Plot line

Colonists on a new world are concerned that there don't seem to be many species of plant or animal that they can digest.

They finally find one (shrimplike?), but it seems to be rare, and they are not sure if there will be enough local food available to make continuing the colony worth it.

The local aliens really want them to stay, so hunted down every last one of the human-edible species to give to the humans for a friendship feast.

The humans discovered that in one night they had eaten the one digestible local species to extinction. The local aliens thought that the loss of this species was worth it, as it would bind the colonists to them, meaning they would never leave.

Edit: I believe it was in a short story collection, and that I read it at least 10 years ago. Could be a lot older than that, though.

  • 1
    I think I read this, but I can't think of the title. A local brings a bowl of the tiny creatures to the two human scientists, who verify that they are edible and (when properly cooked) quite tasty. "These are excellent, please gather some more and we'll invite the rest of the humans down for the feast." "Sorry, that was all there were." The locals either don't grasp the idea of extinction, or don't care-- they have destroyed many species before. When the scientists get over the shock, they decide it's fitting that they should share the sin of their new neighbors. Does this sound like it?
    – Beta
    Sep 6, 2016 at 21:43
  • Yes, it does! I remember the reason for the locals being willing to send the "tiny creatures" to extinction as being slightly different, more focused on any price being worth getting the humans to stay. I think maybe the story was more spread out, too - that a feast did happen, and that they were hoping to gather some more as a long-term food supply, which is when they got the "Sorry, that was all there were" response. Do you remember any other details?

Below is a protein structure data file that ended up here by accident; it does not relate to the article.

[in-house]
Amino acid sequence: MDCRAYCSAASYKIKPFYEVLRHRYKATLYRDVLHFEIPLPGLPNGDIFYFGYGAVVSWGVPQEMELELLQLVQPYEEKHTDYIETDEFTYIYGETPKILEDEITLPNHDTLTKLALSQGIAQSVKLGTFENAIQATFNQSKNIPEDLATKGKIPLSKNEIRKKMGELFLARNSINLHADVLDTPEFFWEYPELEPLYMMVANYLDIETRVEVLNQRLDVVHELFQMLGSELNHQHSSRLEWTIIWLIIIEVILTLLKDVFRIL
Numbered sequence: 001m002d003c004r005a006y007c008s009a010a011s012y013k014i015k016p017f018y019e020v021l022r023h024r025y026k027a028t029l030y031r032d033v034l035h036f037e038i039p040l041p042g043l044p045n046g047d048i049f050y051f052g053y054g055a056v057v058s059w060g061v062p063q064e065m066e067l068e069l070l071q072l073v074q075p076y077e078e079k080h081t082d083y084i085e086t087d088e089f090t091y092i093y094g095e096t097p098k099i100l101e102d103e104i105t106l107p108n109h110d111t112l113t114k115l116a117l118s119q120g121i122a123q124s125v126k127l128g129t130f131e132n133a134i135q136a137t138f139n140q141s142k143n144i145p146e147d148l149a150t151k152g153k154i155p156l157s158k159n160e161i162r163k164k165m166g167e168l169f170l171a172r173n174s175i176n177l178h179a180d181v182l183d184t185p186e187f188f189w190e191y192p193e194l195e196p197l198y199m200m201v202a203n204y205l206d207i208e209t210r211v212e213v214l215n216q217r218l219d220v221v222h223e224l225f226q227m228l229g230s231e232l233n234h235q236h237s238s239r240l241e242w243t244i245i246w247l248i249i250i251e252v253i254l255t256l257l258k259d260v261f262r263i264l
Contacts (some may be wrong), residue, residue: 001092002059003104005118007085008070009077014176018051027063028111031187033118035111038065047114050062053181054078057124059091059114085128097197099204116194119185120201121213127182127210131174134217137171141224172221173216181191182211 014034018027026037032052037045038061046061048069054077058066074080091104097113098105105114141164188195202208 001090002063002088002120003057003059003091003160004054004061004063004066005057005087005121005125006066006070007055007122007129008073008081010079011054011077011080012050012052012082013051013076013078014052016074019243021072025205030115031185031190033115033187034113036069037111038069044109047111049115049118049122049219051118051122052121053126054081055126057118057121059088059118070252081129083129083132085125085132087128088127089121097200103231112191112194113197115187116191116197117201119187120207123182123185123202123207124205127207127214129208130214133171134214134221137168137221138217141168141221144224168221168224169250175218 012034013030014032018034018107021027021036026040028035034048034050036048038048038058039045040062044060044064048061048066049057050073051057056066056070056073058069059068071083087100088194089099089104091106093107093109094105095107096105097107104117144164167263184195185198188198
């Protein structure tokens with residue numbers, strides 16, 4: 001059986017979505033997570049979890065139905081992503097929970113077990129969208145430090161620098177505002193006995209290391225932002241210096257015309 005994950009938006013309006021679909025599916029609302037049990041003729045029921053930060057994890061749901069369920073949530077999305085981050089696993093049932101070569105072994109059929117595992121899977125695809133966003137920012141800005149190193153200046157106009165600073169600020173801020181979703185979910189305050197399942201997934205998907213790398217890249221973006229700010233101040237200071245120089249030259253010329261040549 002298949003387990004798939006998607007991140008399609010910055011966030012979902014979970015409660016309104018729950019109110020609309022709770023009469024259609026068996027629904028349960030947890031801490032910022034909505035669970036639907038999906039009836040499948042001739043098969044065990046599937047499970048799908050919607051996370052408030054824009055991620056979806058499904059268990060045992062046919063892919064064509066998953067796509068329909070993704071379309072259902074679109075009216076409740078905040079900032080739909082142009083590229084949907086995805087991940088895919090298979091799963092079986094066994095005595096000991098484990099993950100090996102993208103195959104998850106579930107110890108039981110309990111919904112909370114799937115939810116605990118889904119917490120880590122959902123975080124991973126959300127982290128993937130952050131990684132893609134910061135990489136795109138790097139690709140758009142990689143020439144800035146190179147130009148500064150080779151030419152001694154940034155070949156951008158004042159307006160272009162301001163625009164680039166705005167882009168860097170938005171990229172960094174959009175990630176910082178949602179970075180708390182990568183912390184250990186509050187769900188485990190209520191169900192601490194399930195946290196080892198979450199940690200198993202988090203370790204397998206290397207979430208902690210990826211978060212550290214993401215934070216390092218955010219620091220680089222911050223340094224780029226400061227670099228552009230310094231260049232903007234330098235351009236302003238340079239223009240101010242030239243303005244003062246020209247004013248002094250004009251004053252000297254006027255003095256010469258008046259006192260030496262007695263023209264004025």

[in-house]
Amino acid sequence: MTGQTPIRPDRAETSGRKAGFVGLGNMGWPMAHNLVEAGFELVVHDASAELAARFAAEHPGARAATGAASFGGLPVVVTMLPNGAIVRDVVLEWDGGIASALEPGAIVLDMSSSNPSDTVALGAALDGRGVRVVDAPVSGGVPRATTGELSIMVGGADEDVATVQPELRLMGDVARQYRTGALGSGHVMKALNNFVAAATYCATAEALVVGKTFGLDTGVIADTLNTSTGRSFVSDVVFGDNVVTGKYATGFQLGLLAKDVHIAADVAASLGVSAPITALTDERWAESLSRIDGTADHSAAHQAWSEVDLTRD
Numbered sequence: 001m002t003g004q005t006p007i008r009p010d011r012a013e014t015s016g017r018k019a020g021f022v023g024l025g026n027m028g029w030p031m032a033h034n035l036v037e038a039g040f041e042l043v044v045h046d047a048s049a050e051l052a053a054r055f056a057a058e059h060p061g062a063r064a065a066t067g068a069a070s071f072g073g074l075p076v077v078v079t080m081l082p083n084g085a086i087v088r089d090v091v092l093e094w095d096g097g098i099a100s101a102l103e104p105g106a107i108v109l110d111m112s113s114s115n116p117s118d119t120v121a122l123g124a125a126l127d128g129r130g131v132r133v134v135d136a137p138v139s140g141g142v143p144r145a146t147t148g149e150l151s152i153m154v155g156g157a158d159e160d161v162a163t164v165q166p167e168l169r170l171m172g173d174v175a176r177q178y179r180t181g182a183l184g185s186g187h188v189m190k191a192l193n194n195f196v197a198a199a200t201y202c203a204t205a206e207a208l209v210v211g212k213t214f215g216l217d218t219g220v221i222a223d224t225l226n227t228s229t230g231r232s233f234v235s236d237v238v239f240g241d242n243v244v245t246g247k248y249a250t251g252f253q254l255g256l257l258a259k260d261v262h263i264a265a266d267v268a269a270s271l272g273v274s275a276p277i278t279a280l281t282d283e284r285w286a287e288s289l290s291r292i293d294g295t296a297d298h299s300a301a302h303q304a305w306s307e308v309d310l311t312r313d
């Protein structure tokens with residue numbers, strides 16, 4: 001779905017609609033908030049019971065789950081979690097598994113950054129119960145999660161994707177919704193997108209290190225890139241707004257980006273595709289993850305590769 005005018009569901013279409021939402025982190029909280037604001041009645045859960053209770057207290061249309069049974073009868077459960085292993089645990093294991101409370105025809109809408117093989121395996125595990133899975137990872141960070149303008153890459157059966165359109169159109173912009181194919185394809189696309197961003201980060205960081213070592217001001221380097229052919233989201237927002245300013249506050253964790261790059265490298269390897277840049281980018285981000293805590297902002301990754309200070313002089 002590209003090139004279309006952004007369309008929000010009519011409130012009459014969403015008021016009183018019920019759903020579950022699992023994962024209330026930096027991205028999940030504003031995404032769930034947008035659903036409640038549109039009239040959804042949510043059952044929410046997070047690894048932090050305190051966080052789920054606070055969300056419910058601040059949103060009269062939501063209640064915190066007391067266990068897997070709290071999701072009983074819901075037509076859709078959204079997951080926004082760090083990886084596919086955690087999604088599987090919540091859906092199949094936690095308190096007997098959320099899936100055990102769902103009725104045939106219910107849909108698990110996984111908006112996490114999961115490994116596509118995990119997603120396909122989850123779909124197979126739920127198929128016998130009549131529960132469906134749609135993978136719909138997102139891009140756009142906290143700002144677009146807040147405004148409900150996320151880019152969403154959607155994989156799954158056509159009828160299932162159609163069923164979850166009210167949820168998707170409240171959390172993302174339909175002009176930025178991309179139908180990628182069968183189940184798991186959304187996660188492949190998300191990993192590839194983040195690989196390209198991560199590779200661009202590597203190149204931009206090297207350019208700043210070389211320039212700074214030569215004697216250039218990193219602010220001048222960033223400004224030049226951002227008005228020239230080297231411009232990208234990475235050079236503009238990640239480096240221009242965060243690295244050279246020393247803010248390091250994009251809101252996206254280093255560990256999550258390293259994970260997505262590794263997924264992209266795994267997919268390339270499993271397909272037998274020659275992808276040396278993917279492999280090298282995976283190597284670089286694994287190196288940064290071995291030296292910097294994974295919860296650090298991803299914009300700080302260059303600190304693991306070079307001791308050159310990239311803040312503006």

– MikeC
    Sep 6, 2016 at 22:53

1 Answer 1


This sounds a lot like "Genji" aka "Bonding to Genji", a novelette by David Brin, which appeared in the 1992 anthology Murasaki (Robert Silverberg and Martin H. Greenberg, eds.) and the 1994 Brin collection Otherness. I haven't read it, but it was previously identified by John O. as the (accepted) answer to the question What was this story about alien food? Quoting from John's answer:

That's almost certainly a David Brin short story. All the fauna are poisonous, but they manage to find something where the poison is sequestered in specific tissues. Sort of like blowfish. They even have a sushi chef to cut away the bad parts.

The native aliens help them find the organisms, and once they finish the first taste test, the native aliens mention that that was the last one.

[. . . .]

The short story is probably "Bonding to Genji".

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